Book Review: Alphabets Are Amazing Animals
There’s beauty in alliteration. The repetition of the first consonant creates a cadence in writing and speech that, when used well, is poetic. Alphabets Are Amazing Animals is written entirely in alliteration and is a wonderful way to teach kids vocabulary, sentence structure, and rhythm in the English language.
Throughout the book, author Anushka Ravishankar creates sentences around different animals. She chooses a unique species for each letter (A is for Anteaters, B is for Buffaloes, and so on), then pairs the animal with a verb and completes the sentence with an object or adverb. Voila!
The sentences are silly – “Dull donkeys dance daily” or “Messy mice make macaroni” – but that’s okay. This book isn’t about reality; it’s about introducing kids to words and basic sentences. Christiane Piper’s bold illustrations accompany the sentences, making a lazy lion licking a lollipop, or plump penguins playing ping pong, come to life. But they aren’t the bright and cheery drawings you associate with children’s books. Each animal gets a pen-and-ink drawing in black, white and a single other bright hue. It’s a refreshing, minimalist look that stands out from all the multi-hued books competing for your child’s attention.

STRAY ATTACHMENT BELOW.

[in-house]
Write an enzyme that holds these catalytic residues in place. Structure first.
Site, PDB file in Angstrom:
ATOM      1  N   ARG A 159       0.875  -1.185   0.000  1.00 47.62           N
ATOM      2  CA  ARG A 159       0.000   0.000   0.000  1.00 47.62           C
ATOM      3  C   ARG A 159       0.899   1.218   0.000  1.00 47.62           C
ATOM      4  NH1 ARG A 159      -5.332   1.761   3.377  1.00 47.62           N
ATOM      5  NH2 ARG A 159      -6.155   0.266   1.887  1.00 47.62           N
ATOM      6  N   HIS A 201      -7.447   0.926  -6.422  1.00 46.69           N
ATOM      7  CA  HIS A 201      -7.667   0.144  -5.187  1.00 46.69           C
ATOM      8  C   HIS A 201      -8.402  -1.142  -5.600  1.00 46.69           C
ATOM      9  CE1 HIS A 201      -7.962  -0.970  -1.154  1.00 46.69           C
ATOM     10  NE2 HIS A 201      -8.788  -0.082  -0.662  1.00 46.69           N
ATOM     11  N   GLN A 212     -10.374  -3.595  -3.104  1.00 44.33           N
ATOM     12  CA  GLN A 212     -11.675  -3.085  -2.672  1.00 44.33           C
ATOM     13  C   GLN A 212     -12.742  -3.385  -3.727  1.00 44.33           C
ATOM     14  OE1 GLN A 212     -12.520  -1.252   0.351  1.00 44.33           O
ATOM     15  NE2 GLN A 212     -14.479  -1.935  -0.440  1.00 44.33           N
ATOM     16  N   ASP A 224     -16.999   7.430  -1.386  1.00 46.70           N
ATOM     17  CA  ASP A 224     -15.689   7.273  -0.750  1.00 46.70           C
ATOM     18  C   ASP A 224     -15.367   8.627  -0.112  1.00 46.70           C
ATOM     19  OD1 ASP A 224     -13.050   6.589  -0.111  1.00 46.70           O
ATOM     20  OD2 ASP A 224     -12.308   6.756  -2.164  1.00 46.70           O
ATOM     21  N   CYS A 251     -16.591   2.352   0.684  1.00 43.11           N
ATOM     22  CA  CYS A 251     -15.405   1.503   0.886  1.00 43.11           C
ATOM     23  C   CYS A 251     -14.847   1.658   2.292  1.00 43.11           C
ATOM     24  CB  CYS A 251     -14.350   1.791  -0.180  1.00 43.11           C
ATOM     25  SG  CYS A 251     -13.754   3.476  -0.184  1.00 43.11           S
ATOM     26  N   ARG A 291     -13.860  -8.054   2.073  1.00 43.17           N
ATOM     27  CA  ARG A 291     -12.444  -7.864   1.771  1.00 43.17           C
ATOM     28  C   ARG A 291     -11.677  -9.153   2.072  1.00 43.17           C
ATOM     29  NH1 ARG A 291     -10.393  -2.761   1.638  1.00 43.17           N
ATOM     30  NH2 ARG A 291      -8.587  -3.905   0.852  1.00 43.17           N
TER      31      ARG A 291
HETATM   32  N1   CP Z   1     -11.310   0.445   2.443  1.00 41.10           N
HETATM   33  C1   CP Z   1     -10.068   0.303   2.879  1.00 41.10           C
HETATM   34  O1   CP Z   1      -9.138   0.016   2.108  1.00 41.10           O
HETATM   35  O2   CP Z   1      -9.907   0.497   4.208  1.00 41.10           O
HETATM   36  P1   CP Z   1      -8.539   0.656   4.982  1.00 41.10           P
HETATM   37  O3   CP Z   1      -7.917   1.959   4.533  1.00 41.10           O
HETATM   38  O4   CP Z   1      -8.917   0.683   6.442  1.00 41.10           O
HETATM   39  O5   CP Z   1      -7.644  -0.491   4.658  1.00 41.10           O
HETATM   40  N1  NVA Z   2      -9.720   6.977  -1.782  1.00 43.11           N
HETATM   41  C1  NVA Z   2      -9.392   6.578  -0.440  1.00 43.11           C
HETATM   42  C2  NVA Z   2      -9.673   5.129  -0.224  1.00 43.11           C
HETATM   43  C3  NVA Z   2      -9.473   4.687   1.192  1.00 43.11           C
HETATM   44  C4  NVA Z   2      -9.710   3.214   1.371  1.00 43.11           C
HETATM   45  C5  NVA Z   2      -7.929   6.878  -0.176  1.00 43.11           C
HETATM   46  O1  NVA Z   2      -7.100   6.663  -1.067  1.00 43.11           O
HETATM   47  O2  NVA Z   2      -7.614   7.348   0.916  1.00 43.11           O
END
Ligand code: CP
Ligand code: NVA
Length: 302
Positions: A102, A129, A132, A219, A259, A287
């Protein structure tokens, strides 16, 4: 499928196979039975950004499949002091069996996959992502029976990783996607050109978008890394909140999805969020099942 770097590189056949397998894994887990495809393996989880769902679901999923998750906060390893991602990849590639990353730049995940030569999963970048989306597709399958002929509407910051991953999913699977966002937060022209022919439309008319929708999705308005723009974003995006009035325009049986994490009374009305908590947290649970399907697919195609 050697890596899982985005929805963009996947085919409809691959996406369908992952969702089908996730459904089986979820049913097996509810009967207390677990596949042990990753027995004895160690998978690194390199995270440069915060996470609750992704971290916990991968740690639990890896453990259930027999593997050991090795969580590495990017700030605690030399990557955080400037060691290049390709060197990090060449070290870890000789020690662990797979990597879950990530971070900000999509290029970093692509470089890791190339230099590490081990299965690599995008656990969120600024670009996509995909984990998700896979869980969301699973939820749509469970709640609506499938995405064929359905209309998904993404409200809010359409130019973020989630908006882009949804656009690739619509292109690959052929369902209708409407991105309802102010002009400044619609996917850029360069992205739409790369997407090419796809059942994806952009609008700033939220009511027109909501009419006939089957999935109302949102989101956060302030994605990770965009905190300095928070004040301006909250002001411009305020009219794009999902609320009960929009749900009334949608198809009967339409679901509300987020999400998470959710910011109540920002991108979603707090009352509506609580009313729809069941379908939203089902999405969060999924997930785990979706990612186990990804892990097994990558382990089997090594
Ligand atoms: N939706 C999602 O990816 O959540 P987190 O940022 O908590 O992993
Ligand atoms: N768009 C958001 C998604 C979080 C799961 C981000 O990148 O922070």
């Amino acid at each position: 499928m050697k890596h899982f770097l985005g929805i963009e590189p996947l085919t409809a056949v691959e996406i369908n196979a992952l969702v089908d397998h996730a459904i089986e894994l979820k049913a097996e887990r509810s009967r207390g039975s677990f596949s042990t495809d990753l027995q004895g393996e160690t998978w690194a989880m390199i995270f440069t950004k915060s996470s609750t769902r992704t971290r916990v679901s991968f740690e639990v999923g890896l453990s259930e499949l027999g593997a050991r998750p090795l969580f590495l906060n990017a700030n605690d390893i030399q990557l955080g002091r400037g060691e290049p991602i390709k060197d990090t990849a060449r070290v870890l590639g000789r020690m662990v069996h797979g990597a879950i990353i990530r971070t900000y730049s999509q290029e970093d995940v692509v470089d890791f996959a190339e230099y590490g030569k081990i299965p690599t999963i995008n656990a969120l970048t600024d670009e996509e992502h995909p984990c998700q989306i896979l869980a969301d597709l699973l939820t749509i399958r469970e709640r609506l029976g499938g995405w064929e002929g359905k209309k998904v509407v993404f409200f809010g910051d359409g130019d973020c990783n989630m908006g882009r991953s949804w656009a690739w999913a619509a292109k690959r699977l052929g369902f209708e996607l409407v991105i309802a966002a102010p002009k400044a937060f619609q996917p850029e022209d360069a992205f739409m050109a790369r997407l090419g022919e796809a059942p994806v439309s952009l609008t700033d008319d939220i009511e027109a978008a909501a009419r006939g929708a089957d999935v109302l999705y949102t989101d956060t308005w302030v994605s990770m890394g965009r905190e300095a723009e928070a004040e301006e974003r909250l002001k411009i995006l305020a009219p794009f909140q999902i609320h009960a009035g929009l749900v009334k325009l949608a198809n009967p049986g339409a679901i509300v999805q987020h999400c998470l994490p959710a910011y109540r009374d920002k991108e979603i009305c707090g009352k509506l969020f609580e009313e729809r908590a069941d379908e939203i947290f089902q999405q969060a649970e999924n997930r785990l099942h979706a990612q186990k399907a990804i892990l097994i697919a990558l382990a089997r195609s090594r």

This story for kids is ideal for children who are just starting to read. The simple sentences teach basic sentence structure, the variety of words builds vocabulary, and the use of alliteration develops meter and inflection. For kids with speech impediments, this book could also be a fun way to work on shaping sounds correctly. It’s best read to small children, even kids as young as 18 months, who afterward would take pleasure in creating their own simple, silly, sibilant sentences.
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